>A King and No King

>My dash to catch all three of this season’s repertoire at Shenandoah Shakespeare continued last night; I saw their production of A King and No King, written by Francis Beaumont and John Fletcher in 1611. The play tells the story of moody Arbaces, King of Iberia, who goes to war with Armenia for the hell of it, captures the Armenian king, Tigranes, and then plans to marry off his sister Panthea to the guy. (Imagine George Bush fixing up his sister with Saddam Hussein . . .) The reason for the match is that Arbaces loves his sister too well and, in fact, when he sees her after many years, is overcome with lust. Brother and sister nearly consummate their love, but remain steadfast (she’s repeatedly called a virgin; no mention is made of the King’s own experience) until the last act when it is revealed that Arbaces isn’t really Panthea’s brother, it was all a big misunderstanding, that she is the true Queen of Iberia and when they marry, he’ll be King after all. They send Tigranes home, no hard feelings. Keep in touch. Let’s do lunch.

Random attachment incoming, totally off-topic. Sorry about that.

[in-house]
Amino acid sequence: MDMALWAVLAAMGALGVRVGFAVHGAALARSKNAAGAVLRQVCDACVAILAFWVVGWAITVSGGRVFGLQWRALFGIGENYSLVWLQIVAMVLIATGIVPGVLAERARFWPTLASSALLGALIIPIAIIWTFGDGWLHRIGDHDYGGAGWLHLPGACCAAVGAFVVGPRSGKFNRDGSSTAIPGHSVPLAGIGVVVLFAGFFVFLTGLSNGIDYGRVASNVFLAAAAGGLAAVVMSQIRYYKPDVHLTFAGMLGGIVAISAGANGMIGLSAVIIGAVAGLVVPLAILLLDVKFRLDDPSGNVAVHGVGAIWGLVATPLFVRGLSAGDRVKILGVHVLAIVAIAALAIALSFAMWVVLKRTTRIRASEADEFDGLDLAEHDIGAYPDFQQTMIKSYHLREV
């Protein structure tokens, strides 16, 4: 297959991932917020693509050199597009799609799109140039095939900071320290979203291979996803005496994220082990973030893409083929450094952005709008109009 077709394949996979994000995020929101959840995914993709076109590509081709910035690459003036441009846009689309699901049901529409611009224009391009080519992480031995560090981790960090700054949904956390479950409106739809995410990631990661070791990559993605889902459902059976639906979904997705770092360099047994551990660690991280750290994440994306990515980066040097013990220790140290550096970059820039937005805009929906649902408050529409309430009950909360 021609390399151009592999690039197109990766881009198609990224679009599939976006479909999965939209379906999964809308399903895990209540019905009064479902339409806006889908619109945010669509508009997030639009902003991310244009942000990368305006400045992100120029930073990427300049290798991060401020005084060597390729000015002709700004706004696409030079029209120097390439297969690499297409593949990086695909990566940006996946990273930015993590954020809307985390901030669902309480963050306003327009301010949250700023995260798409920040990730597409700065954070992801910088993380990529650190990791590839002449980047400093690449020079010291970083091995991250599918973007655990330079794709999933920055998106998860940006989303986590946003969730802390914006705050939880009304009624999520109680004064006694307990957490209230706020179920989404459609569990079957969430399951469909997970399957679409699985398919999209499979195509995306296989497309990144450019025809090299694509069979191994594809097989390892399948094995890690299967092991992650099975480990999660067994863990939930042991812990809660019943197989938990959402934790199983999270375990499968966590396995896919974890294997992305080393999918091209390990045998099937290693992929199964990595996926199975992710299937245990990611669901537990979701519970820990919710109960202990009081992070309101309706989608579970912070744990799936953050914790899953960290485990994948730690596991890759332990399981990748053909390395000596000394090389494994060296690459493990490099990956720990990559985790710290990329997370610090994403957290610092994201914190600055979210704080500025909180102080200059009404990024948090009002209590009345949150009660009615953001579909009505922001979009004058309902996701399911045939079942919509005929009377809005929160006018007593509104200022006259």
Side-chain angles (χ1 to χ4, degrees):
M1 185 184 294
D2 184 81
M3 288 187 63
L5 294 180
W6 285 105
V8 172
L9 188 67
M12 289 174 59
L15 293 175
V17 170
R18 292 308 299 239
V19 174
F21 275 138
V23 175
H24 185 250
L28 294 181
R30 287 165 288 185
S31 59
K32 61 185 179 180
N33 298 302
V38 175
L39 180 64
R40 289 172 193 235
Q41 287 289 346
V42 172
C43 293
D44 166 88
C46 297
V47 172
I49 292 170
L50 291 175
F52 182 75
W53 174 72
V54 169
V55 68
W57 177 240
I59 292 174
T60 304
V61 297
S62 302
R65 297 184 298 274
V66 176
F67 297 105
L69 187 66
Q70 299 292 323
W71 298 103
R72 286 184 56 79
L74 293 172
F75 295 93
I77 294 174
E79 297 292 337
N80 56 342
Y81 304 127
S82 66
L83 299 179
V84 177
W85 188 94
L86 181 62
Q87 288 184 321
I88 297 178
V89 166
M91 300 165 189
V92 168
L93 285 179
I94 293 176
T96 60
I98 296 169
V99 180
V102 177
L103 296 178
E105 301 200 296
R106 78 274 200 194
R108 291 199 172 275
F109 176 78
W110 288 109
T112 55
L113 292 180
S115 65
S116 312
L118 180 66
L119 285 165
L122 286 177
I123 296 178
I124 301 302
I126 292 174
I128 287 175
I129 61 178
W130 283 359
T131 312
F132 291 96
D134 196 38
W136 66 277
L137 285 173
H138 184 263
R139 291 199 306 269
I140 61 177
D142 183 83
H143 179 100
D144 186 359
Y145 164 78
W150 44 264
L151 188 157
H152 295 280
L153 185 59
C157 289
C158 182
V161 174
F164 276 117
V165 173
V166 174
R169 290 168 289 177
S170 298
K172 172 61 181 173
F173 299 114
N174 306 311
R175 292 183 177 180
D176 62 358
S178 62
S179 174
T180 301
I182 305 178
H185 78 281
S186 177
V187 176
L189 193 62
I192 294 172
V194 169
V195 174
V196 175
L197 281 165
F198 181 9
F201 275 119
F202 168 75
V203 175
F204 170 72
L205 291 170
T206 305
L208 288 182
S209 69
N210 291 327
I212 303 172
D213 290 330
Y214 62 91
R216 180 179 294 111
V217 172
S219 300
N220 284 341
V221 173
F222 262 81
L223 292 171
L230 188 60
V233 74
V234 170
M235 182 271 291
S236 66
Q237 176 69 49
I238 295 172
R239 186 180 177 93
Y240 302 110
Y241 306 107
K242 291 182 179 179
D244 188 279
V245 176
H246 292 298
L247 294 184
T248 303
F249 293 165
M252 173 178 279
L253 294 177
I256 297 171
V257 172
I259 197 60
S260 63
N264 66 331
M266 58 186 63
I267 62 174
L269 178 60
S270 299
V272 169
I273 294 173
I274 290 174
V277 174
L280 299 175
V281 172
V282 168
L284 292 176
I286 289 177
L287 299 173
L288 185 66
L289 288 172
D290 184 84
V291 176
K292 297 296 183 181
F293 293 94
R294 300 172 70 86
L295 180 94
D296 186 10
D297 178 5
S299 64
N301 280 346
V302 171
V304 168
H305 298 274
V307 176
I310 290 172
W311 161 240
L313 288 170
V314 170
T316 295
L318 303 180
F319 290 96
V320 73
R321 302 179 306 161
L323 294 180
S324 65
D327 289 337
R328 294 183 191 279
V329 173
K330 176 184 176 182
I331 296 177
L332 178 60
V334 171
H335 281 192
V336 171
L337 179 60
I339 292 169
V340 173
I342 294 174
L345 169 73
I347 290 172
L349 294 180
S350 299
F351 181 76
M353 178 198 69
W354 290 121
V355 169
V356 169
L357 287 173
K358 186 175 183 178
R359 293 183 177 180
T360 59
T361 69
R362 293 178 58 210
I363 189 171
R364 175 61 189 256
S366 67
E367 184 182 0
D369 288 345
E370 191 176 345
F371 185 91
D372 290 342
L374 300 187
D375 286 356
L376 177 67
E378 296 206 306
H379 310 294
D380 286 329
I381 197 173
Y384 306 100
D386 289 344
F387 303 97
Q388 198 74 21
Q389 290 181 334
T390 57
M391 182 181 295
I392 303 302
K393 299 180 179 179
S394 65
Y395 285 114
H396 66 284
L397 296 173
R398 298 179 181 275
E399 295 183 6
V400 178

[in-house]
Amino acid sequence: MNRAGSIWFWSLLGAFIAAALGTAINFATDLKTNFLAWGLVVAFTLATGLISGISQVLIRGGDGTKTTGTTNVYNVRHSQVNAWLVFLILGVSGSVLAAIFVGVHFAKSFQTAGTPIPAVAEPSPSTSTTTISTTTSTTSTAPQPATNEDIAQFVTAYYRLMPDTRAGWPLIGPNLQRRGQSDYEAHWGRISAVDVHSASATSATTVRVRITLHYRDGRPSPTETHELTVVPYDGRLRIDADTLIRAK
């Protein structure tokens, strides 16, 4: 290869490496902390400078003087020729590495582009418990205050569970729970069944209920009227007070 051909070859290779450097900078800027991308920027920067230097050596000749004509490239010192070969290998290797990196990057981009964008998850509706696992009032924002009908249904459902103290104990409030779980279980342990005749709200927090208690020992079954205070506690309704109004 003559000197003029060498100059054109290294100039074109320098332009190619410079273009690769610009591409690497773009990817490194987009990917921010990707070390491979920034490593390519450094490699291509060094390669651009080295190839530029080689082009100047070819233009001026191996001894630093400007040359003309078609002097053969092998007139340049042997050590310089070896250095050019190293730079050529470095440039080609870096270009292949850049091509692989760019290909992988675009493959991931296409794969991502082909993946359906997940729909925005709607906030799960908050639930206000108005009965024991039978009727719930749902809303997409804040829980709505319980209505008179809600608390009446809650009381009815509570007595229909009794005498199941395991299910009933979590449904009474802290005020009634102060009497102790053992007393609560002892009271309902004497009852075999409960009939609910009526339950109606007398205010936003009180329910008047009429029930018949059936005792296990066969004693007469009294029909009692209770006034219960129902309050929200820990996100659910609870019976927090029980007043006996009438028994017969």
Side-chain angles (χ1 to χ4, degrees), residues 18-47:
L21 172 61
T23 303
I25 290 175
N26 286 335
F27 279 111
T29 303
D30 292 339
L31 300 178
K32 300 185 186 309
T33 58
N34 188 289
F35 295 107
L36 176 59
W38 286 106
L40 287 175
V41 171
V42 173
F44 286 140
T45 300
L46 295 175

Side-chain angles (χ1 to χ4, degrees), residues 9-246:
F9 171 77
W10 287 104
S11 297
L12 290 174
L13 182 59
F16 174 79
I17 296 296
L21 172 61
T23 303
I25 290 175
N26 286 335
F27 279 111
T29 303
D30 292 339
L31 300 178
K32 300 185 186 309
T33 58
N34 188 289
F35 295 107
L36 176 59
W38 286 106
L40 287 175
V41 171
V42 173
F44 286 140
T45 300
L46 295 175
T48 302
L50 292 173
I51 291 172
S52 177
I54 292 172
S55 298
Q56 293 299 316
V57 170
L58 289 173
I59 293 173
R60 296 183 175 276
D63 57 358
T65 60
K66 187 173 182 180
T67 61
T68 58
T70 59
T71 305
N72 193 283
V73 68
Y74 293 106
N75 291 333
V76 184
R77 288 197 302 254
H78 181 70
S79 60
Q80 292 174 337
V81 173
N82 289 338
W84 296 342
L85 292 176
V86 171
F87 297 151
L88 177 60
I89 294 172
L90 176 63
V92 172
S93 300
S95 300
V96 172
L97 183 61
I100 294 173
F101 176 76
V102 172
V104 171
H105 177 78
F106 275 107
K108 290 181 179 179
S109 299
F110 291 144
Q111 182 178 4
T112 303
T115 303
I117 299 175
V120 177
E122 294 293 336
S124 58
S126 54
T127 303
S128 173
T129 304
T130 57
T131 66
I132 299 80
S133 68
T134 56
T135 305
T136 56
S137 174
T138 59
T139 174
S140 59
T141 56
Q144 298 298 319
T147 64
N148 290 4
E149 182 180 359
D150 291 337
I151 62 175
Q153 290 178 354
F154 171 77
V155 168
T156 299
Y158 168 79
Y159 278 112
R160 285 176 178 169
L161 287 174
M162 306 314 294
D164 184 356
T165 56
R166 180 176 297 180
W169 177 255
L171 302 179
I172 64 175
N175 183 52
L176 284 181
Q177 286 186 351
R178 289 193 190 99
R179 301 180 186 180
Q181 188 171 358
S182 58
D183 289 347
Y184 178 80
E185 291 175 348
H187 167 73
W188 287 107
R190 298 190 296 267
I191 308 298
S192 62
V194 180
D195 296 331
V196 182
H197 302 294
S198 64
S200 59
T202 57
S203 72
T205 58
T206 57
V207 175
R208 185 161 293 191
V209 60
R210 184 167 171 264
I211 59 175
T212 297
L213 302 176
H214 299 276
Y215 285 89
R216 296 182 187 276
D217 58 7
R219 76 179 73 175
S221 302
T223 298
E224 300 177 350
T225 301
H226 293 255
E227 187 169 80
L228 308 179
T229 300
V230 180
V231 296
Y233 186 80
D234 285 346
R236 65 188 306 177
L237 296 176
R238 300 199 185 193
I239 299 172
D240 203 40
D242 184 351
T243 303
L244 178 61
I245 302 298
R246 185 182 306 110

It is typical Elizabethan fare, but is mostly very serious stuff, except for the hilarious braggart Captain Bessus, who is funnier than Falstaff. The production was excellent, as usual. As Arbaces, Eric Schoen was fantastic. He’s been in the company for a year and he’s performed well, but he truly shone in this part. John Harrell, as Bessus, is consistently good, with wonderful comic timing. He could move directly from Shenandoah Shakespeare to SNL.

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